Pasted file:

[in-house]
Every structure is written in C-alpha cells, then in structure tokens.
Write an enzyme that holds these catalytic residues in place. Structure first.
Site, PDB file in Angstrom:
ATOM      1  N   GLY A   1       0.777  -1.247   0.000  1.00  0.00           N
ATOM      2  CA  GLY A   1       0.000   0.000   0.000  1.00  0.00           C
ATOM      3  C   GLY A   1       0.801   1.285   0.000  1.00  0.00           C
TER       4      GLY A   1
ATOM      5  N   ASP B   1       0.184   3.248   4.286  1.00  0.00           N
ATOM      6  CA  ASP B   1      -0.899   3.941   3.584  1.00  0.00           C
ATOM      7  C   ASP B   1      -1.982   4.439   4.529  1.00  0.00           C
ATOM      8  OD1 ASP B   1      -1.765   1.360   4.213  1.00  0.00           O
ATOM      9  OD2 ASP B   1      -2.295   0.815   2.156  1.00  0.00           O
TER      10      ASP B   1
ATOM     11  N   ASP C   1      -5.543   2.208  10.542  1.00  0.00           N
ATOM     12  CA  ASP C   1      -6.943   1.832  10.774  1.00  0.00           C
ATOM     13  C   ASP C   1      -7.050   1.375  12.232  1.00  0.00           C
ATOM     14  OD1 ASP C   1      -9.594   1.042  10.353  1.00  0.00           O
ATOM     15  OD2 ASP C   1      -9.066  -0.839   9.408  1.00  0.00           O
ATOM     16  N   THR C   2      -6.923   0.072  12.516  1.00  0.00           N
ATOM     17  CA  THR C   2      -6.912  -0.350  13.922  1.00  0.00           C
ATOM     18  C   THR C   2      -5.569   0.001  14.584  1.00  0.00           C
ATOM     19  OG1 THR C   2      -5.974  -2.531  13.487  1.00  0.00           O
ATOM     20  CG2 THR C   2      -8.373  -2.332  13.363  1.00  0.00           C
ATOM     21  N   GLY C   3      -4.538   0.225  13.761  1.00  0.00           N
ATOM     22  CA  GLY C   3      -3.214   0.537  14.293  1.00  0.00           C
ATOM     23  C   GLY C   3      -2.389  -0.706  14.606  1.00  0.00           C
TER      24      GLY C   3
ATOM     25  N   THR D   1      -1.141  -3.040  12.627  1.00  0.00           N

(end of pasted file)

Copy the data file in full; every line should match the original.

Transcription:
[in-house]
Every structure is written in C-alpha cells, then in structure tokens.
Write an enzyme that holds these catalytic residues in place. Structure first.
Site, PDB file in Angstrom:
ATOM      1  N   GLY A   1       0.777  -1.247   0.000  1.00  0.00           N
ATOM      2  CA  GLY A   1       0.000   0.000   0.000  1.00  0.00           C
ATOM      3  C   GLY A   1       0.801   1.285   0.000  1.00  0.00           C
TER       4      GLY A   1
ATOM      5  N   ASP B   1       0.184   3.248   4.286  1.00  0.00           N
ATOM      6  CA  ASP B   1      -0.899   3.941   3.584  1.00  0.00           C
ATOM      7  C   ASP B   1      -1.982   4.439   4.529  1.00  0.00           C
ATOM      8  OD1 ASP B   1      -1.765   1.360   4.213  1.00  0.00           O
ATOM      9  OD2 ASP B   1      -2.295   0.815   2.156  1.00  0.00           O
TER      10      ASP B   1
ATOM     11  N   ASP C   1      -5.543   2.208  10.542  1.00  0.00           N
ATOM     12  CA  ASP C   1      -6.943   1.832  10.774  1.00  0.00           C
ATOM     13  C   ASP C   1      -7.050   1.375  12.232  1.00  0.00           C
ATOM     14  OD1 ASP C   1      -9.594   1.042  10.353  1.00  0.00           O
ATOM     15  OD2 ASP C   1      -9.066  -0.839   9.408  1.00  0.00           O
ATOM     16  N   THR C   2      -6.923   0.072  12.516  1.00  0.00           N
ATOM     17  CA  THR C   2      -6.912  -0.350  13.922  1.00  0.00           C
ATOM     18  C   THR C   2      -5.569   0.001  14.584  1.00  0.00           C
ATOM     19  OG1 THR C   2      -5.974  -2.531  13.487  1.00  0.00           O
ATOM     20  CG2 THR C   2      -8.373  -2.332  13.363  1.00  0.00           C
ATOM     21  N   GLY C   3      -4.538   0.225  13.761  1.00  0.00           N
ATOM     22  CA  GLY C   3      -3.214   0.537  14.293  1.00  0.00           C
ATOM     23  C   GLY C   3      -2.389  -0.706  14.606  1.00  0.00           C
TER      24      GLY C   3
ATOM     25  N   THR D   1      -1.141  -3.040  12.627  1.00  0.00           N